BOSTON -- One of these days, the Cardinals may find out what it takes to keep Tony Womack out of the starting lineup.
Or maybe not.
Womack was in the lineup on Sunday for Game 2 of the World Series, a night after taking a line drive off his collarbone and being removed from Game 1. He batted in his new-usual No. 7 spot in the St. Louis order, allowing the Cards to remove him, if necessary, without putting backup Hector Luna in the leadoff spot.
"I felt like I had been hit by a truck twice over this morning," Womack said before the game. "I was really stiff."
"I'm playing. I've got all of next week to rest. After it's all said and done, I've got all winter to heal. There's not many chances you get to play in the World Series, so I'm not going to let this slow me down. I'm going to be ready for tonight."
Manager Tony La Russa hesitated before he put Womack in his lineup, making sure he checked with the second baseman before writing out his starting nine in ink.
"It was close enough to where, even though I got a call from Barry (Weinberg, head trainer) in the morning that Tony felt ready to go, I didn't want to have to make the lineup and have to change it," La Russa said. "So I kept it open until I saw Tony and talked to him. He said he can go, so he goes. If he had not, then (Marlon) Anderson was going to play second."
By the way, Womack is still contending with back spasms, which started to bother him during the National League Championship Series. Yet he remains in there, and has reached base five times in the past three games.
"I've done everything," he said when asked about dealing with the spasms. "Just the biggest thing I try to do for myself is mentally, once I get between the white lines, I just forget they are there and try to play and do the best I can. That's what I do. You can only treat them for so much.
"They will go away when I guess it's time for them to go away. I can get all of the treatment I want, but mentally I just try to stay strong so it doesn't affect me getting balls or affect me doing what I have to do mentally to help my team win."
Marlon Anderson / 2B
Weight: 200 lbs
Bats: L / Throws: R
Anderson DH: La Russa went with Anderson as his designated hitter on Sunday, after starting Reggie Sanders at DH and So Taguchi in left field on Saturday. He considers the speedy Anderson to be a "second leadoff man," batting ninth in the American League order.
Anderson is 3-for-10 in his career against Boston starter Curt Schilling, while John Mabry, the Cardinals' most effective reserve bat this year, has a 2-for-13 mark.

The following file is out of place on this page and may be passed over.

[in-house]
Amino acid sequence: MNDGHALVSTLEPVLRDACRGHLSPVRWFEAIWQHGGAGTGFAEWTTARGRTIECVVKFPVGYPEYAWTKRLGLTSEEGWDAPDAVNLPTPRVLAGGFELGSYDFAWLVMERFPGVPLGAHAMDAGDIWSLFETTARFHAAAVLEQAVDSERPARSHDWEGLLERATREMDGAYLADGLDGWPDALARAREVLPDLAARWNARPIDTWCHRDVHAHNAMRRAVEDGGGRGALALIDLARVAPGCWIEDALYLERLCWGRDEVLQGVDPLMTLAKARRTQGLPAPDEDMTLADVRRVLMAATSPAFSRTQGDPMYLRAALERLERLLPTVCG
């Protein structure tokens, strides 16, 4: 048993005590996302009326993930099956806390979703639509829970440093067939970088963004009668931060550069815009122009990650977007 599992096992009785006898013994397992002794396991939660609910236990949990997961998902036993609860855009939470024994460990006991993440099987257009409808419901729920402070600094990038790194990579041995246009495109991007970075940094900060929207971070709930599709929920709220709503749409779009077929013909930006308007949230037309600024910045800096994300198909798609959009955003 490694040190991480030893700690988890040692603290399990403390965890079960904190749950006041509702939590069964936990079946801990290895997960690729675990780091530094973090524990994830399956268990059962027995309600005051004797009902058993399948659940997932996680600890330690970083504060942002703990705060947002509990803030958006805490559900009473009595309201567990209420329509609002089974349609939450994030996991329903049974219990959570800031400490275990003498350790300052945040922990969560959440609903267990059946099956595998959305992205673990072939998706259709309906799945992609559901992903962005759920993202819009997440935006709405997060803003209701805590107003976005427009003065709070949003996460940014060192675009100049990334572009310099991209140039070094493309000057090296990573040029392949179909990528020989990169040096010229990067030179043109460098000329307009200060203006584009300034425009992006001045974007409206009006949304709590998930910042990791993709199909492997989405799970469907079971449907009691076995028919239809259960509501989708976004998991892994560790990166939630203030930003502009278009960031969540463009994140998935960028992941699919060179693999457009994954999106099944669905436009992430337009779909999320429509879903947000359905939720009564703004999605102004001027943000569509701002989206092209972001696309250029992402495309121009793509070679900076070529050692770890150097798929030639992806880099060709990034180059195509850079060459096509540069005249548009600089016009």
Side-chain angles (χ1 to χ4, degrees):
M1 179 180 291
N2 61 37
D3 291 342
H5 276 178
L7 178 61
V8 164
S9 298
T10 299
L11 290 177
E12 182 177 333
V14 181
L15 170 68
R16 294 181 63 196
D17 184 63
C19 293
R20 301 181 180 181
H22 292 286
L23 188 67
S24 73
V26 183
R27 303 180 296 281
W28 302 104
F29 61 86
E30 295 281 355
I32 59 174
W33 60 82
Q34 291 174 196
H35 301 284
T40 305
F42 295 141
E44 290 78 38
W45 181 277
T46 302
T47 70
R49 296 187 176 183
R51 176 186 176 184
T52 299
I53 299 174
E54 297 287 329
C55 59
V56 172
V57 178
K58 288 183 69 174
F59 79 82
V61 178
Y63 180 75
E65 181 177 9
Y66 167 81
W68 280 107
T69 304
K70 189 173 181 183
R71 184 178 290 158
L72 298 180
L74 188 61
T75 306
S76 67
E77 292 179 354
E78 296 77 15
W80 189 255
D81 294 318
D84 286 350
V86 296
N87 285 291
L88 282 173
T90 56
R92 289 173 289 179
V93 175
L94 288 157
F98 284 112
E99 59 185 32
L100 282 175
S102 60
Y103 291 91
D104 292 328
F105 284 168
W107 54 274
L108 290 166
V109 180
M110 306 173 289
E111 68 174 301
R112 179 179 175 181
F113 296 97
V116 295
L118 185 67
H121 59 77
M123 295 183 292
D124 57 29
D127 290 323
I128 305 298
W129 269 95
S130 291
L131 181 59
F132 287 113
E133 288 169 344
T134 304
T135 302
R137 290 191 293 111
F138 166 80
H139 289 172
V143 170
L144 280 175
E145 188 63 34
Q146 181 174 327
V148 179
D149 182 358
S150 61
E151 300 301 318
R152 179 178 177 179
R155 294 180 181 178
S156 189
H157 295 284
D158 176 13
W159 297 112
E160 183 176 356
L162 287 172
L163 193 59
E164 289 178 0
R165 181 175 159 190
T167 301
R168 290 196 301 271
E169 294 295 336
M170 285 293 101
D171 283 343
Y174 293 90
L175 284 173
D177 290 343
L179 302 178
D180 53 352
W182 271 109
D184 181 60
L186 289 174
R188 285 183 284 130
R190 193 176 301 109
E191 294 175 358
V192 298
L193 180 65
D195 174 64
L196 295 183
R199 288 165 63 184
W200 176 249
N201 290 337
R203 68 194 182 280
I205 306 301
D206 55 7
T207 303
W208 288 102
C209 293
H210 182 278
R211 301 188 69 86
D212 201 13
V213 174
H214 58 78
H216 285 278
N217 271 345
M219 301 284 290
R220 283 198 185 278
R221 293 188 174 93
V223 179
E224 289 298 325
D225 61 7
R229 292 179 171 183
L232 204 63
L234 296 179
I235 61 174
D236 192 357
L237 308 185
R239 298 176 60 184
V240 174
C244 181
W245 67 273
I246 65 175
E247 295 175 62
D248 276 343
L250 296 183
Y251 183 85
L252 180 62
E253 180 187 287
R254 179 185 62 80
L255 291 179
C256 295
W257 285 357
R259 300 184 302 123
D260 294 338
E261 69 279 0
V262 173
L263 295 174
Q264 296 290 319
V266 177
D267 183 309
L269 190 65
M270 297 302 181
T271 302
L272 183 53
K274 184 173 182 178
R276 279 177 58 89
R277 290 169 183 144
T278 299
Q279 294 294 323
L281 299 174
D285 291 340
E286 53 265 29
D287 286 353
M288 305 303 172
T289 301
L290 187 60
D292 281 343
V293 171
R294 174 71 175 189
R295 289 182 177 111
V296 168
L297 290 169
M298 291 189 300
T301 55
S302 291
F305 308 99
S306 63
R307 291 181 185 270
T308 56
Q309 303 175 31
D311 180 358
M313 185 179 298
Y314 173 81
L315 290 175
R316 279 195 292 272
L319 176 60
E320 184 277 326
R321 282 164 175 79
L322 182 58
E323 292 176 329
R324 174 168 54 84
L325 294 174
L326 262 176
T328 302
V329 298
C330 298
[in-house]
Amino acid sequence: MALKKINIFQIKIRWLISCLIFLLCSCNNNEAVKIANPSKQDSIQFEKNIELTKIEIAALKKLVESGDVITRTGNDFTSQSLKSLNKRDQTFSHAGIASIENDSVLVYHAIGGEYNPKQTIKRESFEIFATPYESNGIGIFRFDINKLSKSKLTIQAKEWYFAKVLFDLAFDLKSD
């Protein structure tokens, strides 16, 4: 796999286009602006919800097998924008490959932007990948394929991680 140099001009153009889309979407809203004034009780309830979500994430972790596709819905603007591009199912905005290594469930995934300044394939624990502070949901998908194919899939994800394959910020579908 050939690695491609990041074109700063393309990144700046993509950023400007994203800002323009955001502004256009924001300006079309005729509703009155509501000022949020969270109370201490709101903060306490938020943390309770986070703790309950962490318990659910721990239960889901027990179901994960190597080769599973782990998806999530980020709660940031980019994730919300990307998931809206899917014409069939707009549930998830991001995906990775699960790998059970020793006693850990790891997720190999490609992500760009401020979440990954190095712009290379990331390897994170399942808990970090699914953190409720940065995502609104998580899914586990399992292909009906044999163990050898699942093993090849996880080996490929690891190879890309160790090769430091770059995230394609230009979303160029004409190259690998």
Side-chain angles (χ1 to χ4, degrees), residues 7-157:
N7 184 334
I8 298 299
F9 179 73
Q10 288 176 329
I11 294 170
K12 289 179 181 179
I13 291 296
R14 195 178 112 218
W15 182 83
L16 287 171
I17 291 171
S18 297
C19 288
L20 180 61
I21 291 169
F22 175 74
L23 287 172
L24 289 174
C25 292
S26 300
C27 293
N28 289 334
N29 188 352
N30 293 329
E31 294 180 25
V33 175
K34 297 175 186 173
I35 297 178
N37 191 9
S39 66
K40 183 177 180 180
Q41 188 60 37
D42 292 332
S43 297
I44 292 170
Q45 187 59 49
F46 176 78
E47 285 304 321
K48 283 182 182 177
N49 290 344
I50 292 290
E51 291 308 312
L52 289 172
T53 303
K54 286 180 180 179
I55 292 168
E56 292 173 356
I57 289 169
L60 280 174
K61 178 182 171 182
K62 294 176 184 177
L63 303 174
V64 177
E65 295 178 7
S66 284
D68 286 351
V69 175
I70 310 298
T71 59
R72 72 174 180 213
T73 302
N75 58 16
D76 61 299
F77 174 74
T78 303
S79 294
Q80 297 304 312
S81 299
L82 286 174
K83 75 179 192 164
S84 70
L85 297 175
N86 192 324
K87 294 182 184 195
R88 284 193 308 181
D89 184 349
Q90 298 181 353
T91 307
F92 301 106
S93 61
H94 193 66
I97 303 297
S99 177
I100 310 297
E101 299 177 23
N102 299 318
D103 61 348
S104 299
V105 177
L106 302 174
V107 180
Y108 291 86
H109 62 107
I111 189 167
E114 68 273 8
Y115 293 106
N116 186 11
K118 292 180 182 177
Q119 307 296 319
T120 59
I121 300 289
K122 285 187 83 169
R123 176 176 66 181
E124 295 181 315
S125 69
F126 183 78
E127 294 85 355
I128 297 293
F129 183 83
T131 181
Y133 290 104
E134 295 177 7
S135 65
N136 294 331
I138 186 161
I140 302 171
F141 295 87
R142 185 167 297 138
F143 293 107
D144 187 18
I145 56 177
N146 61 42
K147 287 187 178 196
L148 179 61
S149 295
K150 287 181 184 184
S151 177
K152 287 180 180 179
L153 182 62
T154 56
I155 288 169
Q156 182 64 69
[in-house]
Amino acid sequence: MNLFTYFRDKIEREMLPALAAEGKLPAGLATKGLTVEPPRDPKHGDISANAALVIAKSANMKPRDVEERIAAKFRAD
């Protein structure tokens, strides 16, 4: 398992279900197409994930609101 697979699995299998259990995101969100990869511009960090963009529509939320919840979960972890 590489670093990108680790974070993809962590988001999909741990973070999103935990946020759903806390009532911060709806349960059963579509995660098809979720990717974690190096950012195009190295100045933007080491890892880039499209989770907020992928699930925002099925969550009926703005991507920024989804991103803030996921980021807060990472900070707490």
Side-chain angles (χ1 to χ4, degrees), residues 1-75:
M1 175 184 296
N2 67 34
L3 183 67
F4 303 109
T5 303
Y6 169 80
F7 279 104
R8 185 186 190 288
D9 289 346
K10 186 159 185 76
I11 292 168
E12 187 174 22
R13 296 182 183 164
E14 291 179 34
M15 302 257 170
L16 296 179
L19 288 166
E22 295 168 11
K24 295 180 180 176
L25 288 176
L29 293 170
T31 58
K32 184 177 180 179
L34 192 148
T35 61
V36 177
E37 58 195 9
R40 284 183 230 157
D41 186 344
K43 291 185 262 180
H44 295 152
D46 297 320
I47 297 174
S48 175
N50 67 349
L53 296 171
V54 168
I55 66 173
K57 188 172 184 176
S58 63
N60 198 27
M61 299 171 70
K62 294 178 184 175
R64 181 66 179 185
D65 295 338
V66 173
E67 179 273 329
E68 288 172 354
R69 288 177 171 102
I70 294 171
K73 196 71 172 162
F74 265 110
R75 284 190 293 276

"He's played behind Schilling," La Russa said, "he's had 10 at-bats, and I think he's got the kind of legs and handle of the bat that maybe he can do something special if we want to try to manufacture."
Anderson and Schilling were teammates with the Phillies from 1998-2000.
Other options? After the Cards used Danny Haren, their primary long reliever, for 3 2/3 innings on Saturday, La Russa said he is leaving open some previously unexpected possibilities with his pitching staff. Scheduled Game 4 starter Jason Marquis was listed as being available out of the bullpen in Game 2.
That wouldn't necessarily knock Marquis from consideration for Game 4, even if he were to pitch. But if Marquis had to be stretched out more than an inning or two, it might cause the Redbirds to look at other choices for a Game 4 starter -- potentially Woody Williams on short rest or Haren.
"Jeff Suppan pitches Tuesday and we've got Marquis listed and I think he'll pitch Game 4," La Russa said before the game. "The only thing is that we also have Marquis listed in our right-hand relief side today because we used up Danny, and Matt (Morris) is going on three days' rest. If we need some innings, Marquis can pitch. But I think Marquis can pitch a little bit today and still start Game 4."
Matthew Leach is a reporter for MLB.com. This story was not subject to the approval of Major League Baseball or its clubs.
The following are trademarks or service marks of Major League Baseball entities and may be used only with permission of Major League Baseball Properties, Inc. or the relevant Major League Baseball entity: Major League, Major League Baseball, MLB, the silhouetted batter logo, World Series, National League, American League, Division Series, League Championship Series, All-Star Game, and the names, nicknames, logos, uniform designs, color combinations, and slogans designating the Major League Baseball clubs and entities, and their respective mascots, events and exhibitions.